As more apps focus on helping patients manage their condition(s), a challenge for app developers will be to develop holistic mHealth apps rather than focusing that focus on a single condition. While patients may find an app useful to manage a specific condition, it’s difficult integrate multiple apps, although new tools like Apple’s HealthKit hold the promise that data from multiple health apps can be integrated and consolidated.
The value of apps in health and healthcare
“We don’t adopt cellphones. We marry them,” B.J. Fogg quipped in the book, Texting for Health, published in 2009. Six years later, mobile platforms go beyond phones, and consumers and health providers have begun to embrace the use of mobile apps and digital health tools for health and healthcare.
Figure 1: How consumers use mobile phones for health
Consumers favor app prescriptions over medications: in 2014, nine in 10 patients said they would use an app “prescribed” by a physician. In contrast, only 66% of patients would be willing to fill a prescription medicine from their doctor.[i] In fact, consumers would increase their use of health apps if physicians recommended them.[ii] While 70 percent of respondents used apps on a daily basis to track calorie intake and monitor physical activities, just 40 percent actually shared their data and insights with their doctors. What's more, 34 percent of mHealth and fitness app users in the survey indicated that they would increase their use of apps if their physicians actively recommended them.
People who use mHealth tools are more engaged in health, and mHealth users are more likely to follow physicians’ advice and be more proactive about health treatment, according to Digitas Health.[iii]
Some clinicians are not convinced that consumers can change health behavior or improve disease management through apps. One provoking question is whether some consumers are opting out of shared-decision making with their providers in their pursuit of their own health improvement due to physicians' reluctance to embrace mHealth.[iv]
This report addresses the following:
Figure 2: Patient’s readiness to make behavioral changes
The Affordable Care Act (ACA) has extended health insurance to millions of previously uninsured patients with a goal to prevention and of helping patients proactively manage their health before they develop a disease, or to mitigate existing diseases.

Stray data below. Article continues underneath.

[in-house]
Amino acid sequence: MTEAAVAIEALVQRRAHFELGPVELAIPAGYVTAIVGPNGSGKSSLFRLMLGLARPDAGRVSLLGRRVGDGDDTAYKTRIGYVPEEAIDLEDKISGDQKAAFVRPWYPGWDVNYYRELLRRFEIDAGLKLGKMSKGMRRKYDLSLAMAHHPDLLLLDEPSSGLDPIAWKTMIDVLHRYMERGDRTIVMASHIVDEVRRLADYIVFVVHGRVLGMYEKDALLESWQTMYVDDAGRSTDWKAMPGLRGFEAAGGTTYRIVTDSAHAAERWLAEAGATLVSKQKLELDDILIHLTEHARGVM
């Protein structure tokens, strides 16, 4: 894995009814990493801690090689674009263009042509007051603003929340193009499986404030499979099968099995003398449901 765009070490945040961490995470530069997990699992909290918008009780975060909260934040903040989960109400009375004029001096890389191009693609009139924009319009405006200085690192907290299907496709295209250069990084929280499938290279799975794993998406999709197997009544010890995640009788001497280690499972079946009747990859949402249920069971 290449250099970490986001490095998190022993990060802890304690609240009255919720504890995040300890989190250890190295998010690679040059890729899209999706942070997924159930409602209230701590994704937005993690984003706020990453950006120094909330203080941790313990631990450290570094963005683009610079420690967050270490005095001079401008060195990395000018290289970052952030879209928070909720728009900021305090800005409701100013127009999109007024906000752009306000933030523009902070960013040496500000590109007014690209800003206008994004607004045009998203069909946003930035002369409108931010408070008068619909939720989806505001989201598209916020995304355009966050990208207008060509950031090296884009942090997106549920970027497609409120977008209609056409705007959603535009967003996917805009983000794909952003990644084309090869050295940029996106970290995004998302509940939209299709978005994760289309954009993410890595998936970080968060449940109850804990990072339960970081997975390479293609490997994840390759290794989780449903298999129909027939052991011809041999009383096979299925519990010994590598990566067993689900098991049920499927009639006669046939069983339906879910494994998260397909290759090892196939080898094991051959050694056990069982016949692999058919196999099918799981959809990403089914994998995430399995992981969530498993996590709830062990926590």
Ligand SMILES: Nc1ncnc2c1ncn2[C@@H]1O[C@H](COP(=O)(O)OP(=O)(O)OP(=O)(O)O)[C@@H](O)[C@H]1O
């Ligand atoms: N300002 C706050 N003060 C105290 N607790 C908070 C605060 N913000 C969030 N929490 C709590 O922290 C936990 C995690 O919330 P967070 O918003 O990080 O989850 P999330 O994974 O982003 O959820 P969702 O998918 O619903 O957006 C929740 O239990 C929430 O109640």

However, the United States already has millions of patients who have had health insurance, yet continue to succumb to chronic disease and/or experience exacerbations. Furthermore, the Massachusetts Health Care Reform and Chronic Disease Outcomes Study concluded that providing health insurance to those not previously covered did not improve the patients’ health and outcomes.
Additional changes to the healthcare ecosystem to enable improved patient outcomes are also required. One necessary change is to improve patient-provider engagement for the purposes of:
Provider-patient engagement already occurs in the clinical setting during visits between patients and providers. Providers can enhance this engagement when they:
mHealth apps can be a powerful tool to further enhance patient-provider engagement.
The degree to which mHealth apps will add value to the patient-provider relationship will vary with each patient’s readiness to make behavioral changes. For any given acute or chronic condition, there will be a spectrum of patients in different states of behavior change, ranging from being unaware of the need for change to maintaining changes that have already been made. There will be patients that are:
Prochaska’s Stages of Change provide a comprehensive framework for understanding patients’ readiness for behavior change. As depicted in figure 3, depending on the individual patient’s stage of change, every mobile app prescribed or recommended may have a different potential to enhance patient-provider engagement. We also expect to see more apps that support people in moving through the stages of change.
mHealth Apps- Impact on Behavior Change
Patients that are actively changing their behavior may benefit from an app that:
A patient that is aware of the need for change but still deciding about taking any action may benefit from an app that:
Figure 3: Prochaska’s Stages of Change Model[v]
Patients in each of these stages of change will experience different value from mHealth apps when engaging with their provider. Consequently, either mobile apps will need to address the needs and wants of a diverse patient population to support on-going and effective provider-patient engagement, or providers will need to recommend mHealth apps for patients based on their present stage of behavior change. When a patient transitions from one stage of behavior change to another it might be necessary to choose a different mHealth app to address their evolving needs. Developers will not only need to be clear about a given app’s purpose, but also which stage or stages of change the apps support.
mHealth Apps Can Have a Significant Role in Enhanced Dialogue
Enhancing the ability to share information between patients and providers affords both parties an opportunity for on-going, informative, and supportive dialogue. mHealth apps can facilitate increased provider-patient engagement and self-care support both inside and outside the clinical setting:
I. Within Clinical Office Setting
II. Outside Clinical Office Setting